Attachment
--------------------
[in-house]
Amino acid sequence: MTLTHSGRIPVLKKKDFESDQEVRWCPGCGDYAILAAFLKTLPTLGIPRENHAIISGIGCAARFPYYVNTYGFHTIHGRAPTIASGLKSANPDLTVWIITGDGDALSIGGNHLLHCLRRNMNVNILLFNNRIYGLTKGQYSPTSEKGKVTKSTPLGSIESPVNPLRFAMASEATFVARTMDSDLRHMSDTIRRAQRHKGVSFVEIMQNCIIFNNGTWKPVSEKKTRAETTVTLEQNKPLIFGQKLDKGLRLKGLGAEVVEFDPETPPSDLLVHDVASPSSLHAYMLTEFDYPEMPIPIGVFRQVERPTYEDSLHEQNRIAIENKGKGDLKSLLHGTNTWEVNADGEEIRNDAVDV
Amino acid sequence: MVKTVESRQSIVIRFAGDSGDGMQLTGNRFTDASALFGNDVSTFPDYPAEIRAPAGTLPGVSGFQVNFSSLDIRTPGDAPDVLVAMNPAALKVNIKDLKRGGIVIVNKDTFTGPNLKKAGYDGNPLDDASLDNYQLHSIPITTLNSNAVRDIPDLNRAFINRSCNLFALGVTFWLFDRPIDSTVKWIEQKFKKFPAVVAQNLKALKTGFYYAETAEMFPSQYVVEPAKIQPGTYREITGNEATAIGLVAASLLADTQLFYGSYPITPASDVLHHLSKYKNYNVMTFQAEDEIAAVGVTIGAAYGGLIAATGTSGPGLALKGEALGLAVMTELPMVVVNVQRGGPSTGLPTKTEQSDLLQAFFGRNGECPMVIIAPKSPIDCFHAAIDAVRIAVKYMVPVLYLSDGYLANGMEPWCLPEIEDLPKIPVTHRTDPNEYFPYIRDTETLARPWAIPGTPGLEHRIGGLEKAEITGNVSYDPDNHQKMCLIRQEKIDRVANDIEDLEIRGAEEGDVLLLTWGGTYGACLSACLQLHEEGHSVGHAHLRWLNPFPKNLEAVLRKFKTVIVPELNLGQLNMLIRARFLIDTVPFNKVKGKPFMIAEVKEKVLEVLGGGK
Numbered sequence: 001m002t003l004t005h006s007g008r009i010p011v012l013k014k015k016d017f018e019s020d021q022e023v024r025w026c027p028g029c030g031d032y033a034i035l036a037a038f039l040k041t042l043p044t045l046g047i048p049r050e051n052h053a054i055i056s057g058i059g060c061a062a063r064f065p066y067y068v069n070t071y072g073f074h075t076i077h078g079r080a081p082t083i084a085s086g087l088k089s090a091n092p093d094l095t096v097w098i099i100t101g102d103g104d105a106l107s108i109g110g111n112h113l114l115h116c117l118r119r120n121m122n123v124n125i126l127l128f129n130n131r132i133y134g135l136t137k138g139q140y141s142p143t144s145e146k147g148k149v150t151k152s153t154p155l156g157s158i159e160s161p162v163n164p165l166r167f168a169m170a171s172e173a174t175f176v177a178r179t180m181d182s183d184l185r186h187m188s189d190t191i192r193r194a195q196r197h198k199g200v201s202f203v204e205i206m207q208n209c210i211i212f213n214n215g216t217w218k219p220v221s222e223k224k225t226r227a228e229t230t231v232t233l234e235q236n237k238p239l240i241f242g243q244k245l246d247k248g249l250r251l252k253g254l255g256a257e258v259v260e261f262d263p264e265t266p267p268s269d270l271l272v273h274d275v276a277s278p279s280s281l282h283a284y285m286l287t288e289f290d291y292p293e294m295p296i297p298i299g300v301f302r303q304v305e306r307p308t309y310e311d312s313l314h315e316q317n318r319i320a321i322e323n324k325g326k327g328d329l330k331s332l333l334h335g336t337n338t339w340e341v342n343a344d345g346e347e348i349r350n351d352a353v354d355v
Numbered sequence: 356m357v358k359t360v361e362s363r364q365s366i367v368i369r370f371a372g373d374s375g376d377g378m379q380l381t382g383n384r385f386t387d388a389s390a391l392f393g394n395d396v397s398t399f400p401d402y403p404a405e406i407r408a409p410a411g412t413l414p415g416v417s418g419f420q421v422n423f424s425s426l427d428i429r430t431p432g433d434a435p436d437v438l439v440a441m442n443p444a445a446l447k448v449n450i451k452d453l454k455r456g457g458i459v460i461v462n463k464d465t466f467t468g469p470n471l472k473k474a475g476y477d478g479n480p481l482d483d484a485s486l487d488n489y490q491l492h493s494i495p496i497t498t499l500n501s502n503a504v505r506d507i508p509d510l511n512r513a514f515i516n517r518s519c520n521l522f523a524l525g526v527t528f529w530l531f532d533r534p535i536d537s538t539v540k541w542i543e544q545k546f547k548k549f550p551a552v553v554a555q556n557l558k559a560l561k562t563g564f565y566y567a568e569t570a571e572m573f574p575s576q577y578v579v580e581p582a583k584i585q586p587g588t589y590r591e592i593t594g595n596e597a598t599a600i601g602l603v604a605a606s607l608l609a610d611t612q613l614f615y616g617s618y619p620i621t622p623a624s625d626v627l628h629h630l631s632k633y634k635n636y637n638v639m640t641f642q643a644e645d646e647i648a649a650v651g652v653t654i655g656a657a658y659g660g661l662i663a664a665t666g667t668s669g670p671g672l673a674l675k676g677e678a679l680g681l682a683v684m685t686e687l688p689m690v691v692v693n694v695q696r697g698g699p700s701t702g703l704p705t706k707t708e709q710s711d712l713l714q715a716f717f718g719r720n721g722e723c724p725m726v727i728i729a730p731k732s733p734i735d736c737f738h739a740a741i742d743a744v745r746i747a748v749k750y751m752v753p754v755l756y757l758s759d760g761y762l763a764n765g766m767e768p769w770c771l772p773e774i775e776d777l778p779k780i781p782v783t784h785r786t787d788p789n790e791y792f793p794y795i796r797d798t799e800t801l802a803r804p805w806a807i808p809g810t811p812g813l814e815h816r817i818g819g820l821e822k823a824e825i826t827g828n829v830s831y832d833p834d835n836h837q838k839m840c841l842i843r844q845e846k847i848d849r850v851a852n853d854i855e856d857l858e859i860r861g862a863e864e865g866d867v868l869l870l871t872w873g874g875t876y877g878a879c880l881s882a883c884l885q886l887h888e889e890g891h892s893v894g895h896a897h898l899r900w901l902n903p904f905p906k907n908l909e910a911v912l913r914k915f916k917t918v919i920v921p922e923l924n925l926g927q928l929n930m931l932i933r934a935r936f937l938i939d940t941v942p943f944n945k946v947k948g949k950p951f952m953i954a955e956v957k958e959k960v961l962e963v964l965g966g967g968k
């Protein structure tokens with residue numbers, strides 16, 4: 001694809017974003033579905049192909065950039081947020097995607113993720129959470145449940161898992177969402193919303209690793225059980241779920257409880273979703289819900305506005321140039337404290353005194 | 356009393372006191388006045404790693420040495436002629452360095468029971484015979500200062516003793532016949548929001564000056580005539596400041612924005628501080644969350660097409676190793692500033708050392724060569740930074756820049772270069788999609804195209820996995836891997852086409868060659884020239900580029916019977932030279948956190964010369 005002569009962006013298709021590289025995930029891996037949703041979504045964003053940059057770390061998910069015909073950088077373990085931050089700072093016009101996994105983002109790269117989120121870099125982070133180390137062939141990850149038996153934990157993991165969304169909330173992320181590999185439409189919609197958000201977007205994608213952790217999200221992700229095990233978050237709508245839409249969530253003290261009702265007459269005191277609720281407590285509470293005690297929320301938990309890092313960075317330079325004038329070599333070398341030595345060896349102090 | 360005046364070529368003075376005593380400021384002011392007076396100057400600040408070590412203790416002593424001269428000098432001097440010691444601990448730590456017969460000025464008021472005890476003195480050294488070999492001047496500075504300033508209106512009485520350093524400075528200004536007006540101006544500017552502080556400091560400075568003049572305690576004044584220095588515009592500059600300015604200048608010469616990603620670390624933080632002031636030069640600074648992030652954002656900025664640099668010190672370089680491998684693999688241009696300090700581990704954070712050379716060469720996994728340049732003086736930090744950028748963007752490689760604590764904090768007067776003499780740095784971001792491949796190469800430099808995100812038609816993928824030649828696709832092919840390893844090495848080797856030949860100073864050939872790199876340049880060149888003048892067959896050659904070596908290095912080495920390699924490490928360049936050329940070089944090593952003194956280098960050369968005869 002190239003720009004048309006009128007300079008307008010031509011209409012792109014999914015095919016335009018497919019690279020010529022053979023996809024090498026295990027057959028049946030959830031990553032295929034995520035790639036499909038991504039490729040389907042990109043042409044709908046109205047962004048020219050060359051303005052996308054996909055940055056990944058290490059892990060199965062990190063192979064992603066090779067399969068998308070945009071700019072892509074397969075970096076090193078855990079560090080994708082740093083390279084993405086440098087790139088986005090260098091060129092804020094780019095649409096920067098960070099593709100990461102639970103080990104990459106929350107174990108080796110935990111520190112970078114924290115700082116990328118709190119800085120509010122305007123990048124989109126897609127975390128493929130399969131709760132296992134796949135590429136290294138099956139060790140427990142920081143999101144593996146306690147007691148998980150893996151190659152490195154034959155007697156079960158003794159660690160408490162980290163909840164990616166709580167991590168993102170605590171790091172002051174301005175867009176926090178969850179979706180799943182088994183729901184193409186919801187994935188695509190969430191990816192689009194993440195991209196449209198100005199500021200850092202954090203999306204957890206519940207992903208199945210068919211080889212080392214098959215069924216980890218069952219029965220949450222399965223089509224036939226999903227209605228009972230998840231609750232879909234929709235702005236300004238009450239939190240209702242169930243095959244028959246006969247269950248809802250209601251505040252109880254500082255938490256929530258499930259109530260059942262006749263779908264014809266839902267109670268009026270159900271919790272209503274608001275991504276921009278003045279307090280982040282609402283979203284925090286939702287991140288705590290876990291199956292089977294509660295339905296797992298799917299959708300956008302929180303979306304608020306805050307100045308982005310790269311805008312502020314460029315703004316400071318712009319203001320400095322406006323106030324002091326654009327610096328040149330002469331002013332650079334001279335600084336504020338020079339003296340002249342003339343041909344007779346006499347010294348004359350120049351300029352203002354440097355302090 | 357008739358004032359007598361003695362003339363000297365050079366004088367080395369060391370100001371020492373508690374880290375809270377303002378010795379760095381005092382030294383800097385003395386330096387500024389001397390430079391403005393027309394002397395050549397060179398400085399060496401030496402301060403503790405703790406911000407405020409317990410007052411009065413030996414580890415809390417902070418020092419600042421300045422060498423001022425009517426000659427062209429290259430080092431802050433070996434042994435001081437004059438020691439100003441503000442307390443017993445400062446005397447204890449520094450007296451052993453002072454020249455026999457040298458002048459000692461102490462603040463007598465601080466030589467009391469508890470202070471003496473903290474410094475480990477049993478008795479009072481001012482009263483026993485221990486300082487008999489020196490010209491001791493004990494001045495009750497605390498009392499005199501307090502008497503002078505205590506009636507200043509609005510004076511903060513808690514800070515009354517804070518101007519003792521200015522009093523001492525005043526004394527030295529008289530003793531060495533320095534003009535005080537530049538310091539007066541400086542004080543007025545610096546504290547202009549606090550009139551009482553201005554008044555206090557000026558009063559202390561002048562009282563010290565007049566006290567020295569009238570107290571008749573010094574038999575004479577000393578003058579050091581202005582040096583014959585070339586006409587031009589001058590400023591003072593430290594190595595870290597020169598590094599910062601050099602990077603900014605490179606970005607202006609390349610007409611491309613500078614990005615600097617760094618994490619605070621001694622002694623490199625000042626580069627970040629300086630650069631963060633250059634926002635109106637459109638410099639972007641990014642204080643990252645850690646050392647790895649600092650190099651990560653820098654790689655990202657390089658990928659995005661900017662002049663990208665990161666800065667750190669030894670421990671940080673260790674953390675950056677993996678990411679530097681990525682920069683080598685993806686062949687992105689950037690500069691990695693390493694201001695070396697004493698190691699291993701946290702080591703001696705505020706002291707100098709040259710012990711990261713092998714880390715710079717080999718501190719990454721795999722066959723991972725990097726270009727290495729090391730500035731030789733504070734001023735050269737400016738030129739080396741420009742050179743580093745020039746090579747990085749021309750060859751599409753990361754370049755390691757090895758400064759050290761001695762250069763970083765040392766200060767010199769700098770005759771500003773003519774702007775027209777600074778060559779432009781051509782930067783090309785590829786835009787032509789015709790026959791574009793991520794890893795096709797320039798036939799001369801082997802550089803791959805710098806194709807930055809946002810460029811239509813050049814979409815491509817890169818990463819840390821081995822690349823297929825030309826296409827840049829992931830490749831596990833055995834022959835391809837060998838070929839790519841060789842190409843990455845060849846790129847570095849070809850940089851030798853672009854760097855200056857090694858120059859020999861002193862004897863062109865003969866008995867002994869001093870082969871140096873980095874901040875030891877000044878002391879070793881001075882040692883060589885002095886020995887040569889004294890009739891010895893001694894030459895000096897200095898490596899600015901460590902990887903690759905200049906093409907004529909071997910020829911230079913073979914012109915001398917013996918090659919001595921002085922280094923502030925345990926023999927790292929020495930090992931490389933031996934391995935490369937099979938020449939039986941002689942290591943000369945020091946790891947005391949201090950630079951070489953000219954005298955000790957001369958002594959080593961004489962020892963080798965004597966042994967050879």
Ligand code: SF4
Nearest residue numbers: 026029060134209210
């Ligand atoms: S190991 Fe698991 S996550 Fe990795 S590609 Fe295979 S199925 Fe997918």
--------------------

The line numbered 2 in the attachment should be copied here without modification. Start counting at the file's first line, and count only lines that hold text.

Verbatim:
Amino acid sequence: MTLTHSGRIPVLKKKDFESDQEVRWCPGCGDYAILAAFLKTLPTLGIPRENHAIISGIGCAARFPYYVNTYGFHTIHGRAPTIASGLKSANPDLTVWIITGDGDALSIGGNHLLHCLRRNMNVNILLFNNRIYGLTKGQYSPTSEKGKVTKSTPLGSIESPVNPLRFAMASEATFVARTMDSDLRHMSDTIRRAQRHKGVSFVEIMQNCIIFNNGTWKPVSEKKTRAETTVTLEQNKPLIFGQKLDKGLRLKGLGAEVVEFDPETPPSDLLVHDVASPSSLHAYMLTEFDYPEMPIPIGVFRQVERPTYEDSLHEQNRIAIENKGKGDLKSLLHGTNTWEVNADGEEIRNDAVDV